For example,

when I set it I probably want to do imageView.sizeToFit.

Okay. So when you change the image

that's in image view, this is kind of like saying label.text

equals something, right, I'm changing the imageView that,

the image that the imageView's showing.

When you change it, it does not change the bounds or

the frames of the image view.

So, sizeToFit causes it to.

So ImageView looks at the image, sees how big it is and

expands its frame to fit.

So that's clearly something I'm going to do every time I

change the image I want to do that.

So now you can see why I have this nice little convenience.

You can kind of think this is similar to

having a function called setImage.

But it's just nicer to do it as a property cuz then I

get set and get and my code looks really nice.

'Kay, so there's that.

I'm also going to do viewDidLoad, okay?

So viewDidLoad, we know that we of course need to call

super, and what I'm gonna do in viewDidLoad?

Well, I'm just gonna add my imageView to

the view hierarchy.

Okay, I'm going to plop it right here.

Again my storyboard, got this thing,

got my view as a top level view.

I'm just going to add my view in here.

Now, I'm not doing a scroll view yet, okay.

I'm going to do it without a scroll view, so

we can see what that looks like.

So I'm just gonna say view, addSubView, my ImageView.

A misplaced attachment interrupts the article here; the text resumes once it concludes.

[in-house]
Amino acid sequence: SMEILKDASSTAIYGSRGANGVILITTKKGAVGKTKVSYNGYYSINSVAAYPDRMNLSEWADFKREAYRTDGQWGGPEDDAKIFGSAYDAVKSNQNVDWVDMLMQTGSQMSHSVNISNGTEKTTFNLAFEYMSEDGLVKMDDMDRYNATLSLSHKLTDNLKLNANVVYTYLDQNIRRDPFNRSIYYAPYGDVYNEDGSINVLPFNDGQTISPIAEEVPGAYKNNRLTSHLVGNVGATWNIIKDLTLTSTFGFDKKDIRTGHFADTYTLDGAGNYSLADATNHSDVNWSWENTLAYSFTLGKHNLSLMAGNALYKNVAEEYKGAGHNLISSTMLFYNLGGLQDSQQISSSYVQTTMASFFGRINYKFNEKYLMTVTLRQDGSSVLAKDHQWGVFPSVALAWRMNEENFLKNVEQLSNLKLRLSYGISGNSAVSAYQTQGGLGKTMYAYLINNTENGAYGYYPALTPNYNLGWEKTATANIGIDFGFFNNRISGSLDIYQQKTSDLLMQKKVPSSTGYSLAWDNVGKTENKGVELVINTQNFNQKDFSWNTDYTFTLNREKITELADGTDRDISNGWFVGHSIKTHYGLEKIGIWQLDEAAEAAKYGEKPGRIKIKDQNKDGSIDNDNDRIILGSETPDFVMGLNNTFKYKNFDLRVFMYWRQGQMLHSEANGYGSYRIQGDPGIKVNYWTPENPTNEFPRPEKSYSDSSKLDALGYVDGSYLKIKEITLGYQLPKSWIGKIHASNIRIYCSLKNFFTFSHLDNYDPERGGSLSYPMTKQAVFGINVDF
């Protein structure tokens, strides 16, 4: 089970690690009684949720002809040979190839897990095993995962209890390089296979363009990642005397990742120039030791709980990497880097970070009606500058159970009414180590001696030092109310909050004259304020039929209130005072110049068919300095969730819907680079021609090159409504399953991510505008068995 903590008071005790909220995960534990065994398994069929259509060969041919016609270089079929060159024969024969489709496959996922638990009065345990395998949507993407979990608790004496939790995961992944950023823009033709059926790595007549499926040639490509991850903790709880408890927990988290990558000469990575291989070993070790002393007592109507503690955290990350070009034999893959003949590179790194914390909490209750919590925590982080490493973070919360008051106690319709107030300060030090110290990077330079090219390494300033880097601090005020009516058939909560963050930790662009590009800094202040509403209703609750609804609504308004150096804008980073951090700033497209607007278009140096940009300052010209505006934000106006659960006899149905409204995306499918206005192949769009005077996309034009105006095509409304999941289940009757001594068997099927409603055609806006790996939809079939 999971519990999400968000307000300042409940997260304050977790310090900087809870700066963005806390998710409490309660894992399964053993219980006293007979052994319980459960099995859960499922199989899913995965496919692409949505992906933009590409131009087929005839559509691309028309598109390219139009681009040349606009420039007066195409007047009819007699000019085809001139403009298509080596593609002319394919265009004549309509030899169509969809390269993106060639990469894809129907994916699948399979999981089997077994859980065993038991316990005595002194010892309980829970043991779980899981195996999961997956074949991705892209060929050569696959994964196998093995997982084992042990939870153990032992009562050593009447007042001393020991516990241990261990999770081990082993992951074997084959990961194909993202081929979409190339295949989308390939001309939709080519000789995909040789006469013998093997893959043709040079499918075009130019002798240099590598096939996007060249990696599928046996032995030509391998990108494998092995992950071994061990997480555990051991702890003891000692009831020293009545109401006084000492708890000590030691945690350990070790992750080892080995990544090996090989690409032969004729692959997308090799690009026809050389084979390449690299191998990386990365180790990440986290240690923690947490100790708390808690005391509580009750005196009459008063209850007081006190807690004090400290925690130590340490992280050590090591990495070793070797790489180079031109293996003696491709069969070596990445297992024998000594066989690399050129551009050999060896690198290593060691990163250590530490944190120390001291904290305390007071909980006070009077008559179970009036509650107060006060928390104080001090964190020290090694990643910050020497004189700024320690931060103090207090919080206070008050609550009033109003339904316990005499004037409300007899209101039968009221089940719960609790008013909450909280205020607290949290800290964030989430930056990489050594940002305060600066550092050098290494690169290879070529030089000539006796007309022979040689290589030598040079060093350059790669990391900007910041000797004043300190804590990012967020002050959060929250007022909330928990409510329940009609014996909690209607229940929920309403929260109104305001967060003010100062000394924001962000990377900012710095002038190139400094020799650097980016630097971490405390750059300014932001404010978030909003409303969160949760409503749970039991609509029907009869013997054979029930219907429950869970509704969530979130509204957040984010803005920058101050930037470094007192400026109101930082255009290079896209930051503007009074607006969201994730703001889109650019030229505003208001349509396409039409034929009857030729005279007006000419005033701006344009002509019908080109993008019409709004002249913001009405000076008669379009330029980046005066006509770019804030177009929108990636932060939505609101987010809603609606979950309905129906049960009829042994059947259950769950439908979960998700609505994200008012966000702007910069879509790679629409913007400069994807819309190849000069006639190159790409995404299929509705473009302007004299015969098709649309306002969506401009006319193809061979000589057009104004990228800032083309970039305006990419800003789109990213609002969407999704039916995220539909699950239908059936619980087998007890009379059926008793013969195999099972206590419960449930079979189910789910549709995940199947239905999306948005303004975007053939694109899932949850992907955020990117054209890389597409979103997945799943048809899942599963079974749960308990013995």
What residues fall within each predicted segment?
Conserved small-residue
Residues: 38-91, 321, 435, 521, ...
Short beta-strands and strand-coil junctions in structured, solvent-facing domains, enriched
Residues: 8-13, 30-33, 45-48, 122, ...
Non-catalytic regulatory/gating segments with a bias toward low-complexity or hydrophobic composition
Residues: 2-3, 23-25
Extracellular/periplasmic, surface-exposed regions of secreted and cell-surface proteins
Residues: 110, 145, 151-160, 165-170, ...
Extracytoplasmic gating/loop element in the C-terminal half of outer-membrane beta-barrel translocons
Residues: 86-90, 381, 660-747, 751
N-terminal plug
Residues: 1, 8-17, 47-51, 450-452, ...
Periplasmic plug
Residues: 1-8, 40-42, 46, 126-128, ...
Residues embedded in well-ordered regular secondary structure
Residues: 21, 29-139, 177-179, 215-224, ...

Okay, and we know that this is fine to do because

viewDidLoad happens after pretty late in the process.

Now, I'm doing anything here that's geometry based.

I don't set any frames or anything like that, so this is

just putting the ImageView in there with whatever frame it

has, either from the last sizeToFit that it got or

it's still zero, zero because it's never been set.

Okay.

So I'm just adding it as a subview there.

Now, let's talk about what the model is in this

view controller.

What is it's model?

Look for the model right at the top here.

It's model is going to be into public.

It's going to be a public resettable model,

which is an image URL.

And it's just going to be an NSURL, so an NSURL is a class

that holds a URL, like http// some Stanford.edu something

and that's going to be the model, and every time we

set the model it's going to get to that image and

put it in the view, okay?

Everyone understand our nice model here.

It's a very,

this is a very well designed MVC it has a very clear model.

It's clear what it does in its view.

So one thing that whenever our model is set,

though, we want to make sure that we update our UI.

So when our, if we set a new image URL I'm immediately

going to set whatever existing image we have to nil.

Because we're changing it,

and then I'm going to call a function fetchImage.

Okay? And

fetchImage is just going to fetch the image that's in

the URL, and load it up into my image view.

So, I need this private function fetchImage, okay?

So let's talk about how we get an image from a URL.

If someone give me a URL, how do I get the JPEG image or

whatever that goes along to it?

And it turned out to be quite simple.

First, I'm gonna make sure that my image URL is not nil.

If someone asks me to load up nil,

I'm not gonna do anything.

So I'm just gonna basically ignore that.

So if it's not nil, so my URL is not nil, I'm gonna go and

go out to the Internet, or if it was a local file,

it would be the local file, and get the image data.